I was curious as to the ability to move between different academic disciplines with an advanced degree in TCS. So would I be able to move, with a little bit of elbow grease, between physics and biology and mathematics? I am looking to be flexible and able to apply my TCS studies to several disciplines and wondering if this is the correct avenue to do so. Or do I go for an advanced degree in math and just leverage my CS background?

I've tried perusing the site for an answer and haven't quite found what I'm looking for. So I apologize if there is a similar post.



1 Answer 1


Short answer: it depends.

Long answer: a degree in TCS can help you a lot in areas like biology (bioinformatics, computational biology, Dick Karp!) and physics (quantum computing, for example). But it almost entirely depends on the area of TCS you focus on. Obviously, a specialty in scheduling theory won't help much with quantum cryptography.

An advanced degree in math can also help you in these disciplines: ultimately though, it depends on what kind of work you want to do. For modeling, math background is great. For computational aspects, a TCS degree might be more helpful.

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    $\begingroup$ TCS is also good for modelling, depending on the kinds of modelling one does. $\endgroup$ Commented Mar 30, 2011 at 20:20
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    $\begingroup$ for example ? I'm not disputing, just curious. $\endgroup$ Commented Mar 30, 2011 at 20:33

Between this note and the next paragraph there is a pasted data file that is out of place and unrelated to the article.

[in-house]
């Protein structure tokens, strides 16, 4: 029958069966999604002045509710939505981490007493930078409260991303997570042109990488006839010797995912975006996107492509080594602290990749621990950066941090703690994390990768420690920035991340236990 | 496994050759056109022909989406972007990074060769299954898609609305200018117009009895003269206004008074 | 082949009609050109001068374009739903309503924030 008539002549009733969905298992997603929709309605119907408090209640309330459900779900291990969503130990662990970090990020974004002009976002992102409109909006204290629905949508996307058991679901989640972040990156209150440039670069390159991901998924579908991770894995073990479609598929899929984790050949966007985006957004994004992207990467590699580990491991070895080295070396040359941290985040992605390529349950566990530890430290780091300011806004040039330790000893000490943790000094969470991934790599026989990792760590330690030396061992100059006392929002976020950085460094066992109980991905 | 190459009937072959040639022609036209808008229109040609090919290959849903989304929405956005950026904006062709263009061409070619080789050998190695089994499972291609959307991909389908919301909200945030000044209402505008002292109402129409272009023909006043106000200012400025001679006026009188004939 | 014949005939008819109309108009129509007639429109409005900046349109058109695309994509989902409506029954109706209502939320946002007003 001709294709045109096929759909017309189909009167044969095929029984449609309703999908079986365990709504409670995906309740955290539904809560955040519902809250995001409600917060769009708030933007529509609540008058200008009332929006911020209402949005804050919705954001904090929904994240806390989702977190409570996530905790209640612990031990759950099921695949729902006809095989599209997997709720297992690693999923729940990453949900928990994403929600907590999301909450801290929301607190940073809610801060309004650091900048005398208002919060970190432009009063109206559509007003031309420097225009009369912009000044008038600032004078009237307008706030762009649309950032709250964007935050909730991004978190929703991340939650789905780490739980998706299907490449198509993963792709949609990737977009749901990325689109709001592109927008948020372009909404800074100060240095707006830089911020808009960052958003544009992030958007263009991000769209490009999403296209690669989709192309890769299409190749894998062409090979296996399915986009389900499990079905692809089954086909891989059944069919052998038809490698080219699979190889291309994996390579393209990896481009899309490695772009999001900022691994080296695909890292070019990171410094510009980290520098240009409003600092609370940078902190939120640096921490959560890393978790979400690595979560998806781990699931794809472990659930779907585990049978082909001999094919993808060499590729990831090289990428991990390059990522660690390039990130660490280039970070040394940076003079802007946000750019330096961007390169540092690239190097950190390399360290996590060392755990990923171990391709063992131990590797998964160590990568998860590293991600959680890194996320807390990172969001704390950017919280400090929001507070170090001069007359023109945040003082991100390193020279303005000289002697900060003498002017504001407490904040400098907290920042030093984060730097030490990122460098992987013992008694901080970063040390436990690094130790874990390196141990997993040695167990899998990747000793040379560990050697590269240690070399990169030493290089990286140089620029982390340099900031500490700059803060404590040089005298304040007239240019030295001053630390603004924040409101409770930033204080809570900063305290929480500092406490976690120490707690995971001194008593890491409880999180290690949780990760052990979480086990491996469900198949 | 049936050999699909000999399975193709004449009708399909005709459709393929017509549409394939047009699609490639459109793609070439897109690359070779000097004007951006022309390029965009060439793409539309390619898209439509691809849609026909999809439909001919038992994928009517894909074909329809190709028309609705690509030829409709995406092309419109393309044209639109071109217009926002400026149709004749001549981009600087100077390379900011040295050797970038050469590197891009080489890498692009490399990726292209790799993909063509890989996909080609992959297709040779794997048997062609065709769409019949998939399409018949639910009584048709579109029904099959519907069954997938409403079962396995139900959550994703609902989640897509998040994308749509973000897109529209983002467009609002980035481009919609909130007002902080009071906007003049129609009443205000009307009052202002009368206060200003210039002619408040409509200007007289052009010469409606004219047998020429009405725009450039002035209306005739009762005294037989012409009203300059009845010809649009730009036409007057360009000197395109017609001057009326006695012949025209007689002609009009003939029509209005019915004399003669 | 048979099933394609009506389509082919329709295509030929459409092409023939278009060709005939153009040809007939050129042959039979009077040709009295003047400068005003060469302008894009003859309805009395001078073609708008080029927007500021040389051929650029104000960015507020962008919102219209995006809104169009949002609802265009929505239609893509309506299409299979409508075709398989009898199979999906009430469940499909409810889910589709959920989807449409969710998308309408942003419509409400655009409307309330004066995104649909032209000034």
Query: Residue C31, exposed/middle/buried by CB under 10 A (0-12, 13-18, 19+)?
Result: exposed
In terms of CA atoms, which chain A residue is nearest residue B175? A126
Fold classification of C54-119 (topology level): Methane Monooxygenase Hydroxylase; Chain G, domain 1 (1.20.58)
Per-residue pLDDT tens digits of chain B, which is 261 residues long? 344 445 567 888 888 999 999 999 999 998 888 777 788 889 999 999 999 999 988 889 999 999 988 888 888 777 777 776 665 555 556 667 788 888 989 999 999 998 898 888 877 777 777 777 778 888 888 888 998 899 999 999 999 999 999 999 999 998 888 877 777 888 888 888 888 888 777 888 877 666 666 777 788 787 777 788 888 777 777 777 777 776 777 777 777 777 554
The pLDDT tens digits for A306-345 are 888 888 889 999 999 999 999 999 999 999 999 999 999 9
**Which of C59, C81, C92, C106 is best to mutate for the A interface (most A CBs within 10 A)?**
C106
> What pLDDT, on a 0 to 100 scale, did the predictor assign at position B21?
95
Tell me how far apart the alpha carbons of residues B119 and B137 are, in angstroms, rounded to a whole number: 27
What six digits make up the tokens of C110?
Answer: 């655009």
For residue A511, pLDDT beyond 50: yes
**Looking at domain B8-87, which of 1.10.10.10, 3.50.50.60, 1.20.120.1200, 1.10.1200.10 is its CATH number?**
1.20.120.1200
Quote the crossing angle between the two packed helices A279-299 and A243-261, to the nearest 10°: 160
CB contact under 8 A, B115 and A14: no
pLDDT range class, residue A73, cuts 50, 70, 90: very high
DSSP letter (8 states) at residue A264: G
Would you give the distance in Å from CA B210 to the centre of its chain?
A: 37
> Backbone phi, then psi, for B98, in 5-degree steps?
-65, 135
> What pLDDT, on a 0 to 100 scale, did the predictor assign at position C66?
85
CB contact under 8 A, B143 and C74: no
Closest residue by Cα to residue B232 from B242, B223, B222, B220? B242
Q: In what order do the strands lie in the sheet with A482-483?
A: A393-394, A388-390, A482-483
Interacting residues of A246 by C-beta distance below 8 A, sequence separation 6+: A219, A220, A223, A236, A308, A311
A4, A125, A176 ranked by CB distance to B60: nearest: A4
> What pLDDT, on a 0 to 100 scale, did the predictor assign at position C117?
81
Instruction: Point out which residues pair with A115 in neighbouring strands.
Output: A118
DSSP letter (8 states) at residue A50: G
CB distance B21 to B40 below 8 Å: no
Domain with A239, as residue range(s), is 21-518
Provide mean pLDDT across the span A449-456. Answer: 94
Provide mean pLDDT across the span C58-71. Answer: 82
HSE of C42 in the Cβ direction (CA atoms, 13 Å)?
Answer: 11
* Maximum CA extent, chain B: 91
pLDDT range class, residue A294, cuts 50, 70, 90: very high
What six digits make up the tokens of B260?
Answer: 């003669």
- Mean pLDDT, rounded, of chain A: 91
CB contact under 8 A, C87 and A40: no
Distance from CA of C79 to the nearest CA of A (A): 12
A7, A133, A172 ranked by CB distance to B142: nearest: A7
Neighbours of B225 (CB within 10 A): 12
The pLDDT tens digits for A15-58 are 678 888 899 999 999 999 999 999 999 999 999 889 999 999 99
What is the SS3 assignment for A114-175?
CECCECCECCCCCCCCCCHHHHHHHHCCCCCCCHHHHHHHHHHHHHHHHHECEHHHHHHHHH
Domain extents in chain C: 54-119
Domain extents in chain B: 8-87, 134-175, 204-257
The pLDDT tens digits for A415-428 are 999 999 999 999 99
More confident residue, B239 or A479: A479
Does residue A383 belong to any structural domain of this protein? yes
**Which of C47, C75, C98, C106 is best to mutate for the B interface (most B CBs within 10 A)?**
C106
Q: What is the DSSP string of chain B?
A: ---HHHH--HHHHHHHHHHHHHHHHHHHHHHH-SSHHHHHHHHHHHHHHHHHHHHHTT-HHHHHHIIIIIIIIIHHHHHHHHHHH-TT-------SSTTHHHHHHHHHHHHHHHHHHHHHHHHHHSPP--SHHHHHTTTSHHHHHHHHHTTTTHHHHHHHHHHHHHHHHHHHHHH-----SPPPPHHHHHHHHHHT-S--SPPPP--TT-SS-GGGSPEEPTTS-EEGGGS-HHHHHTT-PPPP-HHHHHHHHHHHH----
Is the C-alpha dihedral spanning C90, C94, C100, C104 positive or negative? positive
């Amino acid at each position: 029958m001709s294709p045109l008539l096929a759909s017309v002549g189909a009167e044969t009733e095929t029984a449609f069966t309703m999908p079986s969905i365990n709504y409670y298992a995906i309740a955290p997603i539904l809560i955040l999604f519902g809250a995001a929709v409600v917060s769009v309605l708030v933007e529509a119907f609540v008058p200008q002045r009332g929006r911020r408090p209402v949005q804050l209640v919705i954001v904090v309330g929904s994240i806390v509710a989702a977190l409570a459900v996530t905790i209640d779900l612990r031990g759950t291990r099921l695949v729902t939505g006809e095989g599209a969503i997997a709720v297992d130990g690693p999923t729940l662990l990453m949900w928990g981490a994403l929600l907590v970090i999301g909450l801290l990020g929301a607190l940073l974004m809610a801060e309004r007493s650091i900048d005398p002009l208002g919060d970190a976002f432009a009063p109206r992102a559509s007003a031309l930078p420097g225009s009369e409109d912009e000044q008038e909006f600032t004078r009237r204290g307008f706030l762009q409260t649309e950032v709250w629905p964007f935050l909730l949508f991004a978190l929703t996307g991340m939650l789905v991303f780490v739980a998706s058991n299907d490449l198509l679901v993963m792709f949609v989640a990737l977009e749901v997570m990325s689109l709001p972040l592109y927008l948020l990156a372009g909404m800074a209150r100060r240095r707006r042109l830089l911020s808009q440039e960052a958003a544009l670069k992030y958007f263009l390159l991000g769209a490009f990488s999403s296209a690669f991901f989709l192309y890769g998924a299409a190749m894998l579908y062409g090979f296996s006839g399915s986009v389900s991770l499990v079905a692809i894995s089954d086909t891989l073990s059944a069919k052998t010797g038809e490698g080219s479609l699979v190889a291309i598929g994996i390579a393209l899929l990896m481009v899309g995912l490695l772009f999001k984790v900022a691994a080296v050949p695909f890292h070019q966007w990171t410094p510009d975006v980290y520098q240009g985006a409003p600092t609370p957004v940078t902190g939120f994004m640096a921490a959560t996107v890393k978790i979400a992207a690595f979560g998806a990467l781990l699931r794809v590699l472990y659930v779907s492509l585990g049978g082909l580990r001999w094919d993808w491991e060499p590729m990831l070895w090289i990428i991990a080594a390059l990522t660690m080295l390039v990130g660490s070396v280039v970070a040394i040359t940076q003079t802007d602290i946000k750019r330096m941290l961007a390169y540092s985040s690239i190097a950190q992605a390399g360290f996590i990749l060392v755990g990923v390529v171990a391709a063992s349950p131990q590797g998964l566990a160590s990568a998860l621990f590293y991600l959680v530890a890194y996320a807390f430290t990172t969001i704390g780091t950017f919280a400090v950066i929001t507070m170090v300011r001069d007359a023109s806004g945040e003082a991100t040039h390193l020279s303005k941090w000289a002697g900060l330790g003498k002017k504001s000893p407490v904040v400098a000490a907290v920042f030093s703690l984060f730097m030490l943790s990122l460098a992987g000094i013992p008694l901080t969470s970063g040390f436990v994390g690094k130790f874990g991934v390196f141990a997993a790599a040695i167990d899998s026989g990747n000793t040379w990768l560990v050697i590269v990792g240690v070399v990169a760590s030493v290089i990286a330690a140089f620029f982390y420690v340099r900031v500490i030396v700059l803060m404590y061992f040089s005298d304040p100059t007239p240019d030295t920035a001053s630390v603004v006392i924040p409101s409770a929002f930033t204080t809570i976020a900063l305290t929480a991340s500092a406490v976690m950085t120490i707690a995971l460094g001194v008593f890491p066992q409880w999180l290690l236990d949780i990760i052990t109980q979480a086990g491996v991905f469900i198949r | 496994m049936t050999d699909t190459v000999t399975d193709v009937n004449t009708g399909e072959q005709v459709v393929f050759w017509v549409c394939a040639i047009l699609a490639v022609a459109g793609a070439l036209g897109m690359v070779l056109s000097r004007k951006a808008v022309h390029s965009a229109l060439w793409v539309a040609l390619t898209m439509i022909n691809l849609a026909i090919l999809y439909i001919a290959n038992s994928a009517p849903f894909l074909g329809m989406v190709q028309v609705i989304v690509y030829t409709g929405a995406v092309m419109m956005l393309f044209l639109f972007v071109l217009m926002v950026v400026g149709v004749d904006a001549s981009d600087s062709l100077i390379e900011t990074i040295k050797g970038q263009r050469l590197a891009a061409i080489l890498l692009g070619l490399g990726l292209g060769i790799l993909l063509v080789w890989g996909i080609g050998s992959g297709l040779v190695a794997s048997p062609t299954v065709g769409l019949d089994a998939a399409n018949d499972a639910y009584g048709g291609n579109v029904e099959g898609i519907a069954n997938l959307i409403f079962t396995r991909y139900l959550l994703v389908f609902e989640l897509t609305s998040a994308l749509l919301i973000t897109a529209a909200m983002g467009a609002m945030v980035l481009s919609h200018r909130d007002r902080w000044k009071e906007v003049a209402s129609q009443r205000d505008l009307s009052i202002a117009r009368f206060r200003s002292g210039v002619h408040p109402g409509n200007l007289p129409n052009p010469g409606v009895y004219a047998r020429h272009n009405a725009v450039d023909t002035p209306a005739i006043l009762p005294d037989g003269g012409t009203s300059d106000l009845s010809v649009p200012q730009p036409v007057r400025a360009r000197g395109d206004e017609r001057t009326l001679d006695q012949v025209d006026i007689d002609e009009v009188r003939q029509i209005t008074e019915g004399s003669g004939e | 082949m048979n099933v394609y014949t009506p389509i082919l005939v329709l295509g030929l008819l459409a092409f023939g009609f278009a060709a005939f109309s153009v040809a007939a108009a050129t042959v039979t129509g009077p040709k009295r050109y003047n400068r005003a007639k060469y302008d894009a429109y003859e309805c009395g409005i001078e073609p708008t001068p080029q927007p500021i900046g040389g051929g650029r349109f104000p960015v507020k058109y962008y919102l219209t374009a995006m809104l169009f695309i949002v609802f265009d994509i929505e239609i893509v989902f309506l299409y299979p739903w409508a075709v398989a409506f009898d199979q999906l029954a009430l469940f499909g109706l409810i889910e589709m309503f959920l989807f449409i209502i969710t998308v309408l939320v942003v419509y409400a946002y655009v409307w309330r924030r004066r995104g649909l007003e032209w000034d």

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    $\begingroup$ One can use logic via tools/languages such as prolog, Alloy, Maude etc for modelling systems at a higher level of abstraction than code. There's all the work on the pi-calculus and other process algebras for distributed systems and, more recently, for modelling biological systems. The field of Knowledge Representation (heavily based in logic) is solely about modelling, in the sense of representing and reasoning about real world systems. Computer science has devoted a lot of energy to developing tools for modelling, ranging from UML to automata and beyond. $\endgroup$ Commented Mar 30, 2011 at 20:47
  • $\begingroup$ ah excellent. good point. once again I need to take off my theory A hat. $\endgroup$ Commented Mar 30, 2011 at 21:12
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    $\begingroup$ @lilott: Quantum computing is as much a TCS subject as a physics one, and for foundations of QM, TCS is probably a reasonable background, but it will be less useful for things like nuclear physics which is much more dependent on path integrals, etc., for which a physics degree provides a better background. $\endgroup$ Commented Mar 30, 2011 at 23:25

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